I wish these guys success because they have a well-designed site and seem poised to tackle to the giant opportunity of being the first real Chinese virtual assistant company aimed at small businesses and individuals. But until they figure out how to respond to customer inquiries I’m afraid we’ll have to keep looking for a better solution.
Have you worked with VAhut? If so, please share a review of your experience below so others can make an informed decision.
One of the questions I get most frequently is how to securely share your credit card details with your virtual assistant, so they can make purchases and arrange travel on your behalf.
Like any transaction — online or off — there is still a certain level of trust involved, but there are a few ways different virtual assistant companies handle your private information, and there is another way you can keep your data secure with freelance VAs as well.
Option 1: Reimbursement
The most secure way to share your credit card information is not to share it all. With the reimbursement method, your VA completes the purchase and bills you for the appropriate amount.
To prevent abuse, written confirmation should be required because you don’t want any surprises showing up their expense report.
“Last week week when you were stressed out and said you really could use a trip to Hawaii, I took the initiative and booked your plane tickets. First class, all the way!”
Fancy Hands employs a variation on the Reimbursement option that lets their team of assistants make purchases on your behalf (after written approval) using the Fancy Hands company credit card. Then, they just bill the card you have on file with them for your subscription for the amount of the purchase.
I’ve only tested this once, but it’s executed fairly well. Currently, it’s limited to transactions of $100 or less though.
Option 2: LastPass Access
LastPass is one of my favorite online tools, and it’s free! The browser add-on saves your website passwords and auto-fills login forms so you don’t need to clutter your brain with all those logins anymore. I love it.
The cool thing about LastPass is you can share your account access for certain websites securely by simply going into your LastPass Vault, selecting the site you want to share, and entering in the email of your VA. Then, when they go to the site, LastPass will help them login with your information but they’ll never see the actual password.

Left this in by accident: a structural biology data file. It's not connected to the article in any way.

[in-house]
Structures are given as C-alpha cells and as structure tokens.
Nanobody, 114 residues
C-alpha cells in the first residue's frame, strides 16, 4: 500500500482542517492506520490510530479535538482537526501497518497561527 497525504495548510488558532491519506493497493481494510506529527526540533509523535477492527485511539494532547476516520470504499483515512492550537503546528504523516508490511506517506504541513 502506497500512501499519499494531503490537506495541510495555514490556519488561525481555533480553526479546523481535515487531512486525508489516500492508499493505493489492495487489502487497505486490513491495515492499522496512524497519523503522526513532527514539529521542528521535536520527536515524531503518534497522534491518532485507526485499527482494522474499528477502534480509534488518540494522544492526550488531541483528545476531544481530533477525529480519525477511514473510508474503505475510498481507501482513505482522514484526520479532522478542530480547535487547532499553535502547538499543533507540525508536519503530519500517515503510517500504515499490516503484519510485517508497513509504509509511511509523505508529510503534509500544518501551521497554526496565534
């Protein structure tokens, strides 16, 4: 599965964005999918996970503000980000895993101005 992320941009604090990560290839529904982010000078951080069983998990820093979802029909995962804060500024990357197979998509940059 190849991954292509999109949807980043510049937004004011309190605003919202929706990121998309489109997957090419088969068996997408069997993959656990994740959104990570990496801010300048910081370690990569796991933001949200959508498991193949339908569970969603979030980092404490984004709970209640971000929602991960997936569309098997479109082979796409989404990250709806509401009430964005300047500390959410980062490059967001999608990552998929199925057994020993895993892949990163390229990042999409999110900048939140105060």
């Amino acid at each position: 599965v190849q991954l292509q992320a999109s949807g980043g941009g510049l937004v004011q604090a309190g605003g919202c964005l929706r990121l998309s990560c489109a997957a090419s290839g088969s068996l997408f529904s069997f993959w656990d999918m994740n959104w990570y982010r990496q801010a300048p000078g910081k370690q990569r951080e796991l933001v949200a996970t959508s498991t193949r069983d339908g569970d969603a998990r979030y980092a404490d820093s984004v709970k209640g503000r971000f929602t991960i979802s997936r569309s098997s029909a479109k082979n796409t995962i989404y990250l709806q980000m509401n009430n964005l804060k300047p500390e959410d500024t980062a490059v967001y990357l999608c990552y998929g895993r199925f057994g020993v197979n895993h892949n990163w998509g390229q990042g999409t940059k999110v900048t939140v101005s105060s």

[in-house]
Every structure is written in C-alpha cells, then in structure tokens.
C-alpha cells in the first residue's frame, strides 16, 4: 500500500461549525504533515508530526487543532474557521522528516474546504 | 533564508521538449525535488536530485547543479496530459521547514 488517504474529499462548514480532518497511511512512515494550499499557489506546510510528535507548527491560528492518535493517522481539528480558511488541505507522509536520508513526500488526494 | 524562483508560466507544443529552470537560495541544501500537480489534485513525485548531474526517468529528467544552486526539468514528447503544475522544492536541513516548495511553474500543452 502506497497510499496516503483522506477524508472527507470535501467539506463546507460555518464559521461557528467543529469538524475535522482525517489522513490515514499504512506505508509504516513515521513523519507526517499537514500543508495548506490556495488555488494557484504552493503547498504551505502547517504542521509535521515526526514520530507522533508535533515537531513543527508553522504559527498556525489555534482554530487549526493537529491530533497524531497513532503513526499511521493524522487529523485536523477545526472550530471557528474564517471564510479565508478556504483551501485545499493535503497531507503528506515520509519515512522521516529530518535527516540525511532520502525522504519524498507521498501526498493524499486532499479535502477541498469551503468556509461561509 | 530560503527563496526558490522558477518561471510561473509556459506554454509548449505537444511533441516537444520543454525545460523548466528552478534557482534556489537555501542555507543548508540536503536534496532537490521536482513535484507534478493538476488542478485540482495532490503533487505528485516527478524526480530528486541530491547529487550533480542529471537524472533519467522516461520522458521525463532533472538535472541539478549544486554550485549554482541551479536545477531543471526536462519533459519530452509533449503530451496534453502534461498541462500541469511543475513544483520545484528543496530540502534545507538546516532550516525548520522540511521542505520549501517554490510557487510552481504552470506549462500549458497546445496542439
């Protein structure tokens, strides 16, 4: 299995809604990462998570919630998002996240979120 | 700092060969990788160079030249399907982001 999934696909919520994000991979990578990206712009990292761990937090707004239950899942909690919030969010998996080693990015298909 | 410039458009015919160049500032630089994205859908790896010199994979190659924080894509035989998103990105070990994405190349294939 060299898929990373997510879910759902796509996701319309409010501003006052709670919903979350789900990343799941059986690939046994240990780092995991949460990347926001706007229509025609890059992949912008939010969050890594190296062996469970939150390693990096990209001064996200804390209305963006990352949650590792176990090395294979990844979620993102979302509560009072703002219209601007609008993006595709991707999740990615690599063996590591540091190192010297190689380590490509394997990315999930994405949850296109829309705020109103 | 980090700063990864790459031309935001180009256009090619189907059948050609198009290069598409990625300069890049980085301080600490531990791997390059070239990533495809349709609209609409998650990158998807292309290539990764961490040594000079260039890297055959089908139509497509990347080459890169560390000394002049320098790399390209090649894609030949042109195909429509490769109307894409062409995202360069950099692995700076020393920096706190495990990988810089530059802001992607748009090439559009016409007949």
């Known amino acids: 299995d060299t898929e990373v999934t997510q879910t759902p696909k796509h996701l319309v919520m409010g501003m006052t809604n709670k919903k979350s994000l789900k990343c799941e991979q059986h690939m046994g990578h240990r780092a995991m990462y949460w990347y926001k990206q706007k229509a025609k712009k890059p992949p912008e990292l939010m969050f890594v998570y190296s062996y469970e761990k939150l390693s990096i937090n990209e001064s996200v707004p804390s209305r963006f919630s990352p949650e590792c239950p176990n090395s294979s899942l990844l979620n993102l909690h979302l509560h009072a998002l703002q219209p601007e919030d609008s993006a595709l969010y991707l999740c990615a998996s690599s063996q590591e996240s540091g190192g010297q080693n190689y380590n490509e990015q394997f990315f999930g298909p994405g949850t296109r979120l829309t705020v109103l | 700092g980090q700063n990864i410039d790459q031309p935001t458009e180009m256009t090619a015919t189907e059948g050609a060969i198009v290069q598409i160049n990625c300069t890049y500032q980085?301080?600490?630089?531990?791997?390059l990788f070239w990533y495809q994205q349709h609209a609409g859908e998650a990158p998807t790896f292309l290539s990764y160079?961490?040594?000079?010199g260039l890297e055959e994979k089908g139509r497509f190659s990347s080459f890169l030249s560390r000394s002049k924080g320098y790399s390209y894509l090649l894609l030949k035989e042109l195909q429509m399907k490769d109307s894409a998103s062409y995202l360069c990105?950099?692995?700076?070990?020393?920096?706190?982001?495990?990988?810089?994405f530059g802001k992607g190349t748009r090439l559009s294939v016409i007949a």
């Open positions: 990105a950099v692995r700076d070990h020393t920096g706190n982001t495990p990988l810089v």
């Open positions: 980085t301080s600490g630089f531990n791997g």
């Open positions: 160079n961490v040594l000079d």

The way to use LastPass to have your VA make purchases on your behalf is to set them up with account access for sites where your credit card details are already stored in your account. For example, you probably already have a credit card stored with Amazon, Delta Airlines, PayPal, or any number of other sites.
For security, only the last 4 numbers of the credit card is ever visible inside those sites so your VA will be able to login and make purchases on your behalf without ever seeing the full credit card number.
Option 3: A Secure Virtual Wallet
Other VA companies have a “virtual wallet” or similarly-secured area of your profile where you can store sensitive information like passwords, credit card numbers, and frequent flyer accounts.
This data is afforded the same level of encryption as a website’s shopping cart pages, but when it comes time to make the purchase, someone from the VA company will still have to access it and be able to see the full credit card number. The security features limit access to only those who have your permission, and this method works well as long as the trust doesn’t get abused.
Option 4: Naked Trust
If you’ve been working with a freelance virtual assistant for a long time, you may trust that person implicitly. In that case, you may just read off the details of your credit card to them over the phone and have them store it in a secure place in their office.
While this option seems pretty cavalier, keep in mind it’s in your VA’s interest to keep your credit card data secure as well. After all, they probably want to continue the relationship for the long term, or at least get a referral or recommendation when you’re done. If they start making unauthorized purchases, they’re burning their bridges with you and potentially jeopardizing their entire future in the industry.
One last thing to note is that most credit cards now come with a zero liability fraud protection guarantee against unauthorized purchases. That doesn’t mean you still shouldn’t be careful with your credit card information, but it does mean that should your data get compromised, it probably won’t hurt you financially.
What method do you use to keep your credit card secure when working with virtual assistants?
Companies large and small are always striving for increased efficiency. In the past 20-30 years, we’ve seen unprecedented investment from Fortune 500 companies in business process outsourcing, creating leaner and more focused enterprises.